Governor Mills’ Address Highlights Coming Changes

Janet Mills takes the oath of office in Augusta on January 2nd, becoming the 75th Governor of Maine. (Submitted photo)

By Lura Jackson

“Streams, like the people of Maine, change direction on occasion to find the best way forward,” said Governor Janet Mills as she gave her inaugural address on Wednesday, January 2nd in Augusta. The insightful comment was among many Mills delivered during the address which outlined the changes the Mills’ administration is aiming to make in the state over the next four years.

Among the largest priorities Mills identified is that of the environment. Describing the connection between the people and the land in the state as “endangered,” Mills referenced 80 years of studies warning about the rising dangers of carbon emissions. She noted how the Gulf of Maine is warming “faster than almost any other saltwater body in the world,” affecting the approximately $600 million-a-year fishing industries, and how the coastal waters are becoming increasingly acidic. Rising acidity, studies have found, challenges the ability for shellfish to make their shells as well as inducing a slower growth rate.

Outside of the ocean, the warming climate has contributed to a rise in the number of ticks across the state, Mills said.

To resolve the situation, Mills stated that the new administration “will embrace clean energy, change our modes of transportation, weatherize homes and businesses, and reach a goal of 50 percent of our electricity coming from Maine renewable resources.” The changes will be widespread and continuous, including the installation of solar panels at the Blaine House in Augusta within the next few weeks.

The issue of Medicaid expansion – a situation that Maine voters repeatedly supported but which the previous governor vetoed – was also addressed. “Healthcare is for everyone, not just the well-to-do,” Mills said, describing the story of a close friend that died from breast cancer when she could not get adequate treatment. More than just speaking to the problem, though, Mills immediately demonstrated her willingness to act on it by making the Medicaid expansion a reality with the signing of her first Executive Order.

Along with providing better access to healthcare for those most in need, Mills’ administration is taking a human-centric approach to the opioid epidemic. “History will note that we have abandoned an entire generation of people to this preventable disease,” she said, impressing that those who succumb to addiction are not criminals but hurting individuals. “The allure of opiates can fill a hole in the human heart caused by loneliness, stress, and hopelessness.” With an aim of alleviating these situations and ensuring that those experiencing addiction and their families have a better chance of surviving, Mills is aiming to make the overdose drug Narcan “widely available” to expand medication-assisted treatment and to grow the number of recovery coaches in each area. A new position, Director of Opiate Response, will be created to manage the state’s coordination of opiate relief efforts.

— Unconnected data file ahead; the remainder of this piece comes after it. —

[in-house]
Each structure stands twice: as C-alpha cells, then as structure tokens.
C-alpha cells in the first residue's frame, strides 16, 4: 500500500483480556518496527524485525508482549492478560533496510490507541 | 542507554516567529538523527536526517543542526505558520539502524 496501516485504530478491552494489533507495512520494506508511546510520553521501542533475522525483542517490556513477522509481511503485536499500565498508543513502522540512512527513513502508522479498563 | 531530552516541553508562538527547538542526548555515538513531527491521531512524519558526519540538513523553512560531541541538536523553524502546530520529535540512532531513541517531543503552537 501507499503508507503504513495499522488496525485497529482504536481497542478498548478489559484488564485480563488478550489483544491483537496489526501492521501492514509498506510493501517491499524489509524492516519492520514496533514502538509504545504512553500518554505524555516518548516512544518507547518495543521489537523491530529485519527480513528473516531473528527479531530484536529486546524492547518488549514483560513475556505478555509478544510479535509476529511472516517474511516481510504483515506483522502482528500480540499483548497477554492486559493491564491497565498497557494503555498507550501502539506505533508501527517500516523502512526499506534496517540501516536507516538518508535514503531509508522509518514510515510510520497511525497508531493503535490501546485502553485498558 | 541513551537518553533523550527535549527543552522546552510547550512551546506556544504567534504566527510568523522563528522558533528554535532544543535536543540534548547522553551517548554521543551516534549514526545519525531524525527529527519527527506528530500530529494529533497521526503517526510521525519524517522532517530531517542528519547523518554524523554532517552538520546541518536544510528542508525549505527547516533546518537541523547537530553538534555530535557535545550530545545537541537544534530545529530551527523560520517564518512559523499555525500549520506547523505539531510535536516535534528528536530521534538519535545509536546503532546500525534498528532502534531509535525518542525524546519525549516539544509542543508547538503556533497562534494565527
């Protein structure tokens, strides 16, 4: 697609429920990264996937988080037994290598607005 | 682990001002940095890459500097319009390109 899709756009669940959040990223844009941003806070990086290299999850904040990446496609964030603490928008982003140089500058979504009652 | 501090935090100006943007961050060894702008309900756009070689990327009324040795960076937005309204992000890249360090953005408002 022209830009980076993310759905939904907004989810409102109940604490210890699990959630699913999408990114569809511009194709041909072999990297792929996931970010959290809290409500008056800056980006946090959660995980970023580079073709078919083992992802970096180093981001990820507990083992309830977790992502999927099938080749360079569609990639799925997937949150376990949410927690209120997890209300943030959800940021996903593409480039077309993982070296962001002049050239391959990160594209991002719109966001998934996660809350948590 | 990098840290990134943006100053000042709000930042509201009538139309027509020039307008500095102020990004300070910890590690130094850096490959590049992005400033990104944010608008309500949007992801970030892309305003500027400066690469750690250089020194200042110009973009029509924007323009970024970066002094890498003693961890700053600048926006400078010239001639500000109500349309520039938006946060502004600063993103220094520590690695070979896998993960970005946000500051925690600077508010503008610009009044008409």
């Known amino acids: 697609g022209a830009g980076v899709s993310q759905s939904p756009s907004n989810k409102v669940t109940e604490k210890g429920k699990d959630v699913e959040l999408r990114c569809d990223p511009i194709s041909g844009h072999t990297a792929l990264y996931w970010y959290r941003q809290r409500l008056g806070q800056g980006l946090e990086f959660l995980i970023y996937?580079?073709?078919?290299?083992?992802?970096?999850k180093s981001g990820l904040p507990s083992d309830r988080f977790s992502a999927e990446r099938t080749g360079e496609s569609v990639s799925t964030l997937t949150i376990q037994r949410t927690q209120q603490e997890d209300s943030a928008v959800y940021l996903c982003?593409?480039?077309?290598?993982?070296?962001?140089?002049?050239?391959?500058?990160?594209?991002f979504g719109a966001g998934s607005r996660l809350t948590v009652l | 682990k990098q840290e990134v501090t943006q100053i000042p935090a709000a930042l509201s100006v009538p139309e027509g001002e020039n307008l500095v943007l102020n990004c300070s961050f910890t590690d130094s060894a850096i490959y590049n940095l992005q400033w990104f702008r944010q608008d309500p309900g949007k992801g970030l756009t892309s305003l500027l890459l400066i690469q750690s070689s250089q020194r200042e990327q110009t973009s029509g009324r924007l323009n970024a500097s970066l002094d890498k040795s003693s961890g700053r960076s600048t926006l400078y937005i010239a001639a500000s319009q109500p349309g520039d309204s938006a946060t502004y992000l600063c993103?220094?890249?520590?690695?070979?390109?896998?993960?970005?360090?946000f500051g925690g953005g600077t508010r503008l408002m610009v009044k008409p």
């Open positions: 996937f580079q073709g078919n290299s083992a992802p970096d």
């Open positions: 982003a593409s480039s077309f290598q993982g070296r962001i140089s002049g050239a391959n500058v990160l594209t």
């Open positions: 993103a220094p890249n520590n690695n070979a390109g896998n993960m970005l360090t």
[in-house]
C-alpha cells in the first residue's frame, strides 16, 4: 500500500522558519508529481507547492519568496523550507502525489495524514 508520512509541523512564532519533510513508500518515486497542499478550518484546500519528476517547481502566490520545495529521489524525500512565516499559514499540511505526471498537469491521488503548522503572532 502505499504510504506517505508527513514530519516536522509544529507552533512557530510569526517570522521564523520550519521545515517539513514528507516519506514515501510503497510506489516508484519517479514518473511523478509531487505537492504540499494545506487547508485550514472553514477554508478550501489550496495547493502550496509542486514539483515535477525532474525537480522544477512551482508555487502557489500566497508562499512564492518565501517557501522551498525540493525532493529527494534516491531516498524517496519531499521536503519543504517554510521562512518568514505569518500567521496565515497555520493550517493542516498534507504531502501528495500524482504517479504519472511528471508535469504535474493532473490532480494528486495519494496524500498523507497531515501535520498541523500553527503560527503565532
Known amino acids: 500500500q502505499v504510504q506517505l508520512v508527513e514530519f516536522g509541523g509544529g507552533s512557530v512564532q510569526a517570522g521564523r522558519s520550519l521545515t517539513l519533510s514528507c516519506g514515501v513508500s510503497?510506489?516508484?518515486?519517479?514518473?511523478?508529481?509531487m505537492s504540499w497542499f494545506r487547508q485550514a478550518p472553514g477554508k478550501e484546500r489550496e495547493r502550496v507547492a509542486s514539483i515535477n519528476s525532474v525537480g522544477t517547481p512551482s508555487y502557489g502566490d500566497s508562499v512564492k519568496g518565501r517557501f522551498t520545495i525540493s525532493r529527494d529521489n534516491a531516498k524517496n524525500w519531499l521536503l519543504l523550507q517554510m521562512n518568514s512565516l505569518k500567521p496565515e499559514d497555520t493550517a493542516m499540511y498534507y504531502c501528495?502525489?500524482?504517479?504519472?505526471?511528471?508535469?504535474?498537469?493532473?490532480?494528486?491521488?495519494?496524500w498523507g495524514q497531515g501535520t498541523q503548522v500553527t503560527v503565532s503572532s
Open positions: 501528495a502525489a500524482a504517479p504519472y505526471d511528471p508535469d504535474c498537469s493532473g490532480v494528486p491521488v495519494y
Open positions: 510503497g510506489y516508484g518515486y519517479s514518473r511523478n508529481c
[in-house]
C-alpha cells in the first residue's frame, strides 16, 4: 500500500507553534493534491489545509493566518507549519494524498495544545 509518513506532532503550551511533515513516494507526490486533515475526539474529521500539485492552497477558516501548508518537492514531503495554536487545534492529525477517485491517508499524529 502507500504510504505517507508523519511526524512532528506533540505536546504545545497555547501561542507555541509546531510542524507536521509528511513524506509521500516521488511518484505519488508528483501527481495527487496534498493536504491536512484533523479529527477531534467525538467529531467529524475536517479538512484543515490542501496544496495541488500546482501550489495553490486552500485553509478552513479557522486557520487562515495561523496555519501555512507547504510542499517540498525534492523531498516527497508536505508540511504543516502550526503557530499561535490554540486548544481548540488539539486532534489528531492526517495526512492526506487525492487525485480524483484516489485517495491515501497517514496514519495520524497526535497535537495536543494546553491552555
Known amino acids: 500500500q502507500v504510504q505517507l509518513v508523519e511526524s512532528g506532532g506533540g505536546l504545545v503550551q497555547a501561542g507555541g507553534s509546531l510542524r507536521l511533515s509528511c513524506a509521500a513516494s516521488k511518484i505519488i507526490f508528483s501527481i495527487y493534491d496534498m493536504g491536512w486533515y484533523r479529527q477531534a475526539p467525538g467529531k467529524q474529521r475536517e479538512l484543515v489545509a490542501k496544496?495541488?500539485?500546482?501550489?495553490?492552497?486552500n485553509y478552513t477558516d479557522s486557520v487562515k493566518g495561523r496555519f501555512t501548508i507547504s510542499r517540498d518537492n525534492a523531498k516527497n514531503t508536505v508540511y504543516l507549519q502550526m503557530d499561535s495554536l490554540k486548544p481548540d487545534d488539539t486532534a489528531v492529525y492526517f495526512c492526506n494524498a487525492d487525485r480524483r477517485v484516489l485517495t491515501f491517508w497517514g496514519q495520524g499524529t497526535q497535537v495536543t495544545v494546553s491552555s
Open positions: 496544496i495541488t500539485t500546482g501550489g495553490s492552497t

Noting that society is rapidly changing – “someday, robots, drones, driverless cars, broadband, and 3-D printing will radically alter the way Maine people live, learn, and work” – Mills is creating a new state office to help prepare the state and its people for coming changes. The new office, the Office of Innovation and the Future, will “dive into major policy challenges, foster collaboration and propose concrete, workable solutions,” Mills said.

 

Recognizing that there are many political divisions in the state and the country, Mills referred to the diversity not as a challenge but a strength: “Our diversity is a virtue – one that we should harness to advance good public debate and good public policy… We are strengthened by our connections. We are one Maine, undivided, one family from Calais to Bethel, from York to Fort Kent.”